Thursday, July 19, 2007

The Battle of Naseby (part 2 of 2)


hey are here! They rush on! We are broken! We are gone!
Our left is borne before them like stubble on the blast.
O Lord, put forth thy might! O Lord, defend the right!
Stand back to back, in God’s name, and fight it to the last.

Stout Skippon hath a wound; the centre hath given ground:
Hark! hark! – What means the trampling of horsemen on our rear?
Whose banner do I see, boys? ‘Tis he, thank God, ‘tis he, boys,
Bear up another minute, brave Oliver is here.

Their heads all stooping low, their points all in a row,
Like a whirlwind on the trees, like a deluge on the dykes,
Our cuirassiers have burst on the ranks of he Accurst,
And at a shock have scattered the forest of his pikes.

Fast, fast, the gallants ride, in some safe nook to hide
Their coward heads, predestined to rot on Temple Bar;
And he – he turns, he flies: - shame on those cruel eyes
That bore to look on torture, and dare not look on war.

Ho! comrades, scour the plain; and, ere ye strip the slain,
First give another stab to make your search secure,
Then shake from sleeves and pockets their broad-pieces and lockets,
The tokens of the wanton, the plunder of the poor.

Fools! your doublets shone with gold, and your hearts were gay and bold,
When you kissed your lily hands to your lemans to-day;
And to-morrow shall the fox, from her chambers in the rocks,
Lead forth her tawny cubs to howl above the prey.

Where be your tongues that late mocked at heaven and hell and fate,
And the fingers that once were so busy with your blades,
Your perfum’d satin clothes, your catches and your oaths,
Your stage-plays and your sonnets, your diamonds and your spades?

Down, down, for ever down with the mitre and the crown;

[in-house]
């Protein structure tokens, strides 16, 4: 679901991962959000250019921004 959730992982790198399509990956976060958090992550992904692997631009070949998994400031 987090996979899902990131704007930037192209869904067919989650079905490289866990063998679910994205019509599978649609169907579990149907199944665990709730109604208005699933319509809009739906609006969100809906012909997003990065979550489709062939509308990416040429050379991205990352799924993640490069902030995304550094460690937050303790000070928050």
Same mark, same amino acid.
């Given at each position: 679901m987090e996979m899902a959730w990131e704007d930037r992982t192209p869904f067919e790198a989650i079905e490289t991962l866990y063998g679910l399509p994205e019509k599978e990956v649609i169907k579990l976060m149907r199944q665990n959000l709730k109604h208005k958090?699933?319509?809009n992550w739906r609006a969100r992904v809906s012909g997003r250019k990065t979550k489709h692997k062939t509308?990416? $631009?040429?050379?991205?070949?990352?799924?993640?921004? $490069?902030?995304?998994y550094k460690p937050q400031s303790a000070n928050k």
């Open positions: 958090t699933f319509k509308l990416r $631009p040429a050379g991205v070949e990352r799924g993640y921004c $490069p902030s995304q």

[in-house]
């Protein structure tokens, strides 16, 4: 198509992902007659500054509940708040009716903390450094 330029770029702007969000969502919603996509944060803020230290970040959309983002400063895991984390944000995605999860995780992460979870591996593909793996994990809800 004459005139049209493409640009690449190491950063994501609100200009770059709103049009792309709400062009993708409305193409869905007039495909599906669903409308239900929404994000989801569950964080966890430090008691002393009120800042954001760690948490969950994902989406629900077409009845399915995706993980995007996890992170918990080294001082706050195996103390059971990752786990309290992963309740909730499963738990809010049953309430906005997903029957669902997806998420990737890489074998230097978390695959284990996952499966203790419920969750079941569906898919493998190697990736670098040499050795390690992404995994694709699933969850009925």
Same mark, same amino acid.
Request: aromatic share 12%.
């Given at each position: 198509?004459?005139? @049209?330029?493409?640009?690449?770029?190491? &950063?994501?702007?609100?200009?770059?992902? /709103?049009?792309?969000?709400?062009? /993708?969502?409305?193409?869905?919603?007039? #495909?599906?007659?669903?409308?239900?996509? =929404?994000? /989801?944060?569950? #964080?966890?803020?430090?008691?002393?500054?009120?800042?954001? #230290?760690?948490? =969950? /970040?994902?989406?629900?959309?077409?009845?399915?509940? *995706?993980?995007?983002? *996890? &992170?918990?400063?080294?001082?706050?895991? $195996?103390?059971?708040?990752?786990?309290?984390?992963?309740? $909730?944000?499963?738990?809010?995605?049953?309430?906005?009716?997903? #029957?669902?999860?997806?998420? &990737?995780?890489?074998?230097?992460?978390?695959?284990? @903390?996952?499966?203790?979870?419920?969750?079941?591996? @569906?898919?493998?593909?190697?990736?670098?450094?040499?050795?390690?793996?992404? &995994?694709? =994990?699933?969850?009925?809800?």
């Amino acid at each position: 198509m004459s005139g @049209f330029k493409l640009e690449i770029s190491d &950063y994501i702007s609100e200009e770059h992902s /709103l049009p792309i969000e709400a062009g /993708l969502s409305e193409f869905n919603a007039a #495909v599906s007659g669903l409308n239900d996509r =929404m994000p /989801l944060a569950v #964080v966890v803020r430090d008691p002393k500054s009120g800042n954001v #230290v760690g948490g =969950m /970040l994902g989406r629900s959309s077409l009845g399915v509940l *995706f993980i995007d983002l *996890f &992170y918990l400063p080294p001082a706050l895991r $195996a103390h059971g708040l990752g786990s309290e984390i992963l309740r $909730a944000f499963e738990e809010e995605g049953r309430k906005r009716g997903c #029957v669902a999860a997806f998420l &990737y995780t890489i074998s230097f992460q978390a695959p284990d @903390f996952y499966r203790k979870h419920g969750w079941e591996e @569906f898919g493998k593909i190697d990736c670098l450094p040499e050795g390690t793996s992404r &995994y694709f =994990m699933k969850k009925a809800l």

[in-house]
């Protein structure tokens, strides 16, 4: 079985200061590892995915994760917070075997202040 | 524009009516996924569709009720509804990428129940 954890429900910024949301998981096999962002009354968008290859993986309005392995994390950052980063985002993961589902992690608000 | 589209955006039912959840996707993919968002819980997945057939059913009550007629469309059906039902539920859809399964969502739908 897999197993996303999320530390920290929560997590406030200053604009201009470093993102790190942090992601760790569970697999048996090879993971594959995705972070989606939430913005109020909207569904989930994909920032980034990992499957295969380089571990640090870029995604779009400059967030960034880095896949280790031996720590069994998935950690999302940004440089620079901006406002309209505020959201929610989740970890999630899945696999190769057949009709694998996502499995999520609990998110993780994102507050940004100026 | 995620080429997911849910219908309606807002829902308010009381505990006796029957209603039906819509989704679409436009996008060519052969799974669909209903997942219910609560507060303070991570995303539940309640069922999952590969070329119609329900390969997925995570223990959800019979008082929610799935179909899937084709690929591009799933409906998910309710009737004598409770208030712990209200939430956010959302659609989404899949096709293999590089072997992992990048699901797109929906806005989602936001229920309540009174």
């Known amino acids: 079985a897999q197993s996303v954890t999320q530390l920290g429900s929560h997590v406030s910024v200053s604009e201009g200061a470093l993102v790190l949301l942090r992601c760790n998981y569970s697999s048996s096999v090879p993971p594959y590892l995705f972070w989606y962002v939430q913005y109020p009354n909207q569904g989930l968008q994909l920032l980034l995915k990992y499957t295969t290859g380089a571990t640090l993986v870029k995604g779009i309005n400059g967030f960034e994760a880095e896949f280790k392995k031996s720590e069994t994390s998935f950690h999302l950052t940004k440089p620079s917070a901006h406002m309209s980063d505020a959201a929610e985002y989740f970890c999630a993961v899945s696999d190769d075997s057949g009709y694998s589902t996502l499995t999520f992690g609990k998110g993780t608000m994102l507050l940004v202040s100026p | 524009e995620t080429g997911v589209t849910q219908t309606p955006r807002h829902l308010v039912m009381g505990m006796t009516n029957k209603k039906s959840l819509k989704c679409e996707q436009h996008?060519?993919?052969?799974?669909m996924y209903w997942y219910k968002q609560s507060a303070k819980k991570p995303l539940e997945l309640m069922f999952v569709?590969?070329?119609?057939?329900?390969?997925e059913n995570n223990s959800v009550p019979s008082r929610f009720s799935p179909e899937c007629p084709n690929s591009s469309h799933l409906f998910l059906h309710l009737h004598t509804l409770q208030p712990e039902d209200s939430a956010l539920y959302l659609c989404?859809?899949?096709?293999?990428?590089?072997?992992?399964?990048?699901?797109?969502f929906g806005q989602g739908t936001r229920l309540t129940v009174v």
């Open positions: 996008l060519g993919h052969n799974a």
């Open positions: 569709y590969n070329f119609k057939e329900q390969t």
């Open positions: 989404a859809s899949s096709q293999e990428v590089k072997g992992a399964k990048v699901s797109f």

With the Belial of the Court and the Mammon of the Pope;
There is woe in Oxford halls: there is wail in Durham’s Stalls;
The Jesuit smites his bosom: the Bishop rends his cope.

And She of the seven hills shall mourn her children’s ills,
And tremble when she thinks on the edge of England’s sword;
And the Kings of earth in fear shall shudder when they hear
What the hand of God hath wrought for the House and the Word.

3 comments:

H.C. Ross said...

Great post, Susan.

Hey, do you think the mention of the 'crown' in the second to last stanza refers to the pope, or does it also refer to the King -- Charles himself, and maybe even monarchy?

And could you comment again on the intentions of this poet? Was this poem meant as a serious romanticization of the puritan cause, or as the opposite, ie, a parody of puritan arrogance?

Thanks!

Susan A said...

'Crown' in the penultimate stanza is probably chiefly referring to the English Monarchy: 'Crown and Mitre' being Monarchy and Bishops, which is what many people saw themselves as fighting against. But it probably has more than one meaning... I think the first part of the last stanza is talking about Rome and the Roman Church more explicitly (seven hills etc) then referring to the Old Testament idea of the Kings of the Earth bowing to Israel (see 1 Chronicles 9 and various of the Psalms!) in terms of England and its relation to other countries.

Macaulay was quite shadowy about his intentions, but he was a very clever and witty historian. The name of the persona he adopts, Obadiah Bind-Their-Kings-in-Chains-and-Their -Nobles-with-Links-of-Iron, comments better on the parody than I can. But he was very big on the medium of language as a way for understanding history; for instance, trying to think and speak how puritans would have thought and spoken in order to portray them effectively. So it's more a slightly comic reflection of their attitudes, such as the way they associate themselves with Old Testament Israel, and the extreme nature of their providentialism, than a parody in a more bitter sense. Maybe more on Macaulay another time!

Susan A said...

Of course, as the stanza suggests, the Crown and the Pope were also connected at the time: Charles's wife was a Roman Catholic and many people thought there was a plot to re-Roman-Catholicise England...

Sorry if it's sent you inordinate numbers of emails to tell you I've replied to your comment... I am not being very coherent today and keep having to delete my own comments.

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